American Society for Bioethics and Humanities Reading List
This year marks 70 years since the conclusion of the Doctors' Trial at Nuremburg. The Doctors' trials commenced in 1946, bringing criminal proceedings against 23 German physicians complicit in abusing their status as medical practioners during World War II. They were accused of conducting unlawful medical experiments on prisoners at concentration camps, and euthanising persons identifed by the Nazi regime as being "unworthy of life". Seven defendants were acquitted, while another seven were sentenced to death. The remaining nine doctors received prison sentences of varying lengths. Today, the trial is considered to be an important milestone in the development of bioethics. Explore the timeline below to discover more significant events and cases throughout the history of bioethics.
The American Society for Bioethics and Humanitites Annual Meeting takes place in October in Kansas City. Discover our curated selection of freely available chapters which each deal with an issue in bioethics pertaining to human experimentation or medical research ethics:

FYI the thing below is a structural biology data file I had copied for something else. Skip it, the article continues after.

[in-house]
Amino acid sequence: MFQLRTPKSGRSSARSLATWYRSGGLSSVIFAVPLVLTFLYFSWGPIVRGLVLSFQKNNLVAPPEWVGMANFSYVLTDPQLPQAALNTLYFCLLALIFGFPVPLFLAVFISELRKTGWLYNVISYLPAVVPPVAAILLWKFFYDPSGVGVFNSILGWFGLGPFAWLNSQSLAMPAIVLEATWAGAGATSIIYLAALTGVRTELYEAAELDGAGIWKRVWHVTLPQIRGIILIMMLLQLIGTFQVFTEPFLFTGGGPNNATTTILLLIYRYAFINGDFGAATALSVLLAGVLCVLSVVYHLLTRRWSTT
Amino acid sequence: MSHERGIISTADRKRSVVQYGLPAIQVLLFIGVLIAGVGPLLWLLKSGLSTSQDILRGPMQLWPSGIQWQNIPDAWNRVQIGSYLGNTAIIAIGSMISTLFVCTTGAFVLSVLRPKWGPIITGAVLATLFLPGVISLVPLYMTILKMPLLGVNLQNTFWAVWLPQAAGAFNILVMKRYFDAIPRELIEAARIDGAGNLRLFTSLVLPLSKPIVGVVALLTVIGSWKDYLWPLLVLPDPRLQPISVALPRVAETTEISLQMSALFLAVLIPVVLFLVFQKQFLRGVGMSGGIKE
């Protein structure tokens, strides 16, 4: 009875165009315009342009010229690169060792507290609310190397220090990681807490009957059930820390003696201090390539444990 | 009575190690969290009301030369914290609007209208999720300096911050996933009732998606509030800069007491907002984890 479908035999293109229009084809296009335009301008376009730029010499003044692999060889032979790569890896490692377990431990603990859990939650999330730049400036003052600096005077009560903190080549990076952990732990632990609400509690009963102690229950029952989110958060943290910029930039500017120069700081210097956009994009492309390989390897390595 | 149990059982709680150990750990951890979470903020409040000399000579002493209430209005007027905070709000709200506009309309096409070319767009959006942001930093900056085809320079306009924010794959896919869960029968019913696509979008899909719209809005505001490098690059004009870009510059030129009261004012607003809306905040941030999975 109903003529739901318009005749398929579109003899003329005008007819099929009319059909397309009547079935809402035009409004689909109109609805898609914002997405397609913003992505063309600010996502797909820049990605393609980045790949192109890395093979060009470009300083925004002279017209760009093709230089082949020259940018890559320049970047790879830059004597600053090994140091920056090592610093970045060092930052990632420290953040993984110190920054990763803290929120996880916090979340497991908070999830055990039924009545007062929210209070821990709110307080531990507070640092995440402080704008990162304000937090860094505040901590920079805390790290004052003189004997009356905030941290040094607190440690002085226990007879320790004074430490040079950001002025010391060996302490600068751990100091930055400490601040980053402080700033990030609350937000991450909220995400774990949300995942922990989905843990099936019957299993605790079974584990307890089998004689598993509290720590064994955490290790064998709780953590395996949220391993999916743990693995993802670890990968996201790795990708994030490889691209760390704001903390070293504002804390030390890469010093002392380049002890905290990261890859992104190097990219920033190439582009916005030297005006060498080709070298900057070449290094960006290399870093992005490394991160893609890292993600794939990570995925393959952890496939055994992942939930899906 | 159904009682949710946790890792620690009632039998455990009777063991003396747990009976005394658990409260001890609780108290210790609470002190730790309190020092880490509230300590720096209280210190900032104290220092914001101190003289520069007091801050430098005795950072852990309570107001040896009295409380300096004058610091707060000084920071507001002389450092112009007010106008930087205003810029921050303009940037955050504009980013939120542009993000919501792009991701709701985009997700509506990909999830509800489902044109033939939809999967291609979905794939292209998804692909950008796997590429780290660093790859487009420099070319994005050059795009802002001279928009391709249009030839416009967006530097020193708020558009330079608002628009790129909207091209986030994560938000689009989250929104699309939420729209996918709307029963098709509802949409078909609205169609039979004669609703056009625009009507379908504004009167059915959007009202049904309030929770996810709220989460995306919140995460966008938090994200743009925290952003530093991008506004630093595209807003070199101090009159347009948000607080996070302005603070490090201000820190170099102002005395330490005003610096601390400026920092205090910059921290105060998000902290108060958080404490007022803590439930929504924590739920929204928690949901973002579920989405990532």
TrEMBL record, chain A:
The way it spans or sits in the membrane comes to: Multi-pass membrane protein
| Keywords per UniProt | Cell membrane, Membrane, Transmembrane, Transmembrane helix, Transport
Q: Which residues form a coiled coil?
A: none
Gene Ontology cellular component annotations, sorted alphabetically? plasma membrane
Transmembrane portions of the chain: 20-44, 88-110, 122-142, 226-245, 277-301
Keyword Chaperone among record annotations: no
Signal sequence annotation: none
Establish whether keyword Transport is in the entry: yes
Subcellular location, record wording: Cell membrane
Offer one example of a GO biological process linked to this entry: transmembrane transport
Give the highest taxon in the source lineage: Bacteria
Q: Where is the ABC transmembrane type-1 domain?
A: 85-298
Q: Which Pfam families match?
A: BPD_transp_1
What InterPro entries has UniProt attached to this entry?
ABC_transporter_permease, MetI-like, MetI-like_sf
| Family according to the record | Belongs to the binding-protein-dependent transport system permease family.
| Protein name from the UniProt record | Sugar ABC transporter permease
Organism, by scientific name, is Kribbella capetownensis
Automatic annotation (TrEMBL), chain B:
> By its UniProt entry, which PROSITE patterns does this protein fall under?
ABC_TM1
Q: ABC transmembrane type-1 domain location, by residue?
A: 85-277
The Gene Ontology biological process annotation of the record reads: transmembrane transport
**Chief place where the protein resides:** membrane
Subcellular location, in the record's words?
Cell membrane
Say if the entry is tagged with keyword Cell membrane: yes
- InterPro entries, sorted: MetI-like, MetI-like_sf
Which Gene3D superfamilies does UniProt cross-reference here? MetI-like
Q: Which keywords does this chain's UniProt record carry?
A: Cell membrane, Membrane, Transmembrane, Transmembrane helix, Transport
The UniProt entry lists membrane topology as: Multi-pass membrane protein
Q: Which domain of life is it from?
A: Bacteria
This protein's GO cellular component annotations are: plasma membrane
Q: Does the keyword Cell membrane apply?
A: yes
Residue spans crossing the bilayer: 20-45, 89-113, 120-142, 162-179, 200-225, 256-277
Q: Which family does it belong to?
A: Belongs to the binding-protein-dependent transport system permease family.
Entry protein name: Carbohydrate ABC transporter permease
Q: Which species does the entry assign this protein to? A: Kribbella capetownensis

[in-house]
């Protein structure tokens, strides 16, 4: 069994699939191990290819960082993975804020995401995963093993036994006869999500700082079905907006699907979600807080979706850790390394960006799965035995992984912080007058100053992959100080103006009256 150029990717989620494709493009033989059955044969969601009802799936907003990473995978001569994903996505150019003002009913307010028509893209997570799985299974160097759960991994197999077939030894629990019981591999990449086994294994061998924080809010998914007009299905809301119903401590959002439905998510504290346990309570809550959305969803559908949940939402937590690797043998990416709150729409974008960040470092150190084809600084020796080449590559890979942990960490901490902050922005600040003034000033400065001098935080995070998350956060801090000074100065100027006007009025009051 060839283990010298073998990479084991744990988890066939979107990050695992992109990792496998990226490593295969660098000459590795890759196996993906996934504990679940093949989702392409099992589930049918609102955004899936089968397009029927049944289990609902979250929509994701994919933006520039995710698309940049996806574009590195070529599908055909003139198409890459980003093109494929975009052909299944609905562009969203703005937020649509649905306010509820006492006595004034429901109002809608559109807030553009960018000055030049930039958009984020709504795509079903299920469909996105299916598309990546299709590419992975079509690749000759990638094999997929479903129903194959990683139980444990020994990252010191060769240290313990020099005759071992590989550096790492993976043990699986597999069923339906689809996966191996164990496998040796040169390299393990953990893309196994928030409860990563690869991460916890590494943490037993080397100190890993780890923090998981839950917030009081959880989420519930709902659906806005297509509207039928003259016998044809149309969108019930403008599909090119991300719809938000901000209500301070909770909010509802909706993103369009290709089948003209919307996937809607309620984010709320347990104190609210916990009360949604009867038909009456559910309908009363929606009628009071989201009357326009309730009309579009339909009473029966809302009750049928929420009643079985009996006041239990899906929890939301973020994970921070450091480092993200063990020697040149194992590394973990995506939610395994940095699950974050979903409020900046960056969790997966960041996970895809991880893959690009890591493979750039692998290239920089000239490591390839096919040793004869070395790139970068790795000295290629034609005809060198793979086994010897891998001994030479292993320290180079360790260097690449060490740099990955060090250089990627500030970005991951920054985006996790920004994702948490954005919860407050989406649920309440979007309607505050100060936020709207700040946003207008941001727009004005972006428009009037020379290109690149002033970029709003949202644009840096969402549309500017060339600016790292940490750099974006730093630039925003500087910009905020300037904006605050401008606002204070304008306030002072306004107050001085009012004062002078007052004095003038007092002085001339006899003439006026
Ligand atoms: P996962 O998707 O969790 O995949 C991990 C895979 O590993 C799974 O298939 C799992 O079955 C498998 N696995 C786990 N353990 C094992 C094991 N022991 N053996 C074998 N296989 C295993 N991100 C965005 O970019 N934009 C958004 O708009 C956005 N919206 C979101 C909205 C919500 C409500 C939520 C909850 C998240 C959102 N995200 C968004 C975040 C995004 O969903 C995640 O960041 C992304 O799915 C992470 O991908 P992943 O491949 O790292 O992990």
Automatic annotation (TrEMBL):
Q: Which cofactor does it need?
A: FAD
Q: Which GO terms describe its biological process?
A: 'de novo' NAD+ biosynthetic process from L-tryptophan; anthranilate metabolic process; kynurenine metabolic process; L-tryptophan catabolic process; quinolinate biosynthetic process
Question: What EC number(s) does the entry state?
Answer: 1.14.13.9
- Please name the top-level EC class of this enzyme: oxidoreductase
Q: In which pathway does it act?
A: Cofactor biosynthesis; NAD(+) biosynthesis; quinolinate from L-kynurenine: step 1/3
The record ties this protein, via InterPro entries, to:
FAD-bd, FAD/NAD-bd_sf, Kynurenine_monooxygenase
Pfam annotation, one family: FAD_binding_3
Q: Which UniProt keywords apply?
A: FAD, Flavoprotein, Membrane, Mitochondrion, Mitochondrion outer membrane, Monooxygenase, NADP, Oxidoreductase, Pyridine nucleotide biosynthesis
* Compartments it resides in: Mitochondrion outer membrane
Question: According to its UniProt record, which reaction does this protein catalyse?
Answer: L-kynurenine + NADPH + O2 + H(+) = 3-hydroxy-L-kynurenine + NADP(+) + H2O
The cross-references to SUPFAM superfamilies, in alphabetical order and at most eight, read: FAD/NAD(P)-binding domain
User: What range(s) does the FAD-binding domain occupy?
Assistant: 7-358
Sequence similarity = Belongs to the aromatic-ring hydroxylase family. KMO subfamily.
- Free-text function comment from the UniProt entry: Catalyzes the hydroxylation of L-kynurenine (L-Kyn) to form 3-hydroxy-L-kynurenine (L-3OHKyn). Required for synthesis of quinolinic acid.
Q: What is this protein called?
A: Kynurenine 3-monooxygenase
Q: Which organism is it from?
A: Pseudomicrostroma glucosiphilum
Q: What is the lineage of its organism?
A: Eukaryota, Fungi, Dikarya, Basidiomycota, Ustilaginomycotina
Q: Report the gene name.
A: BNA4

|From Medical Experimentation to Non-Medical Experimentation: What Can and Cannot Be Learned from Medicine as to the Ethics of Legal and Other Non-Medical Experiments?
In: Medical Experimentation by Charles Fried, Franklin Miller, and Alan Wertheimer
|Ethical Issues in Research Involving Children
In: Pediatric Ethics: Protecting the Interests of Children by Alan R. Fleischman
|Procreative Liberty: The Moral Permissibility of Reprogenetics
In: Rethinking Reprogenetics by Inmaculada de Melo-Martin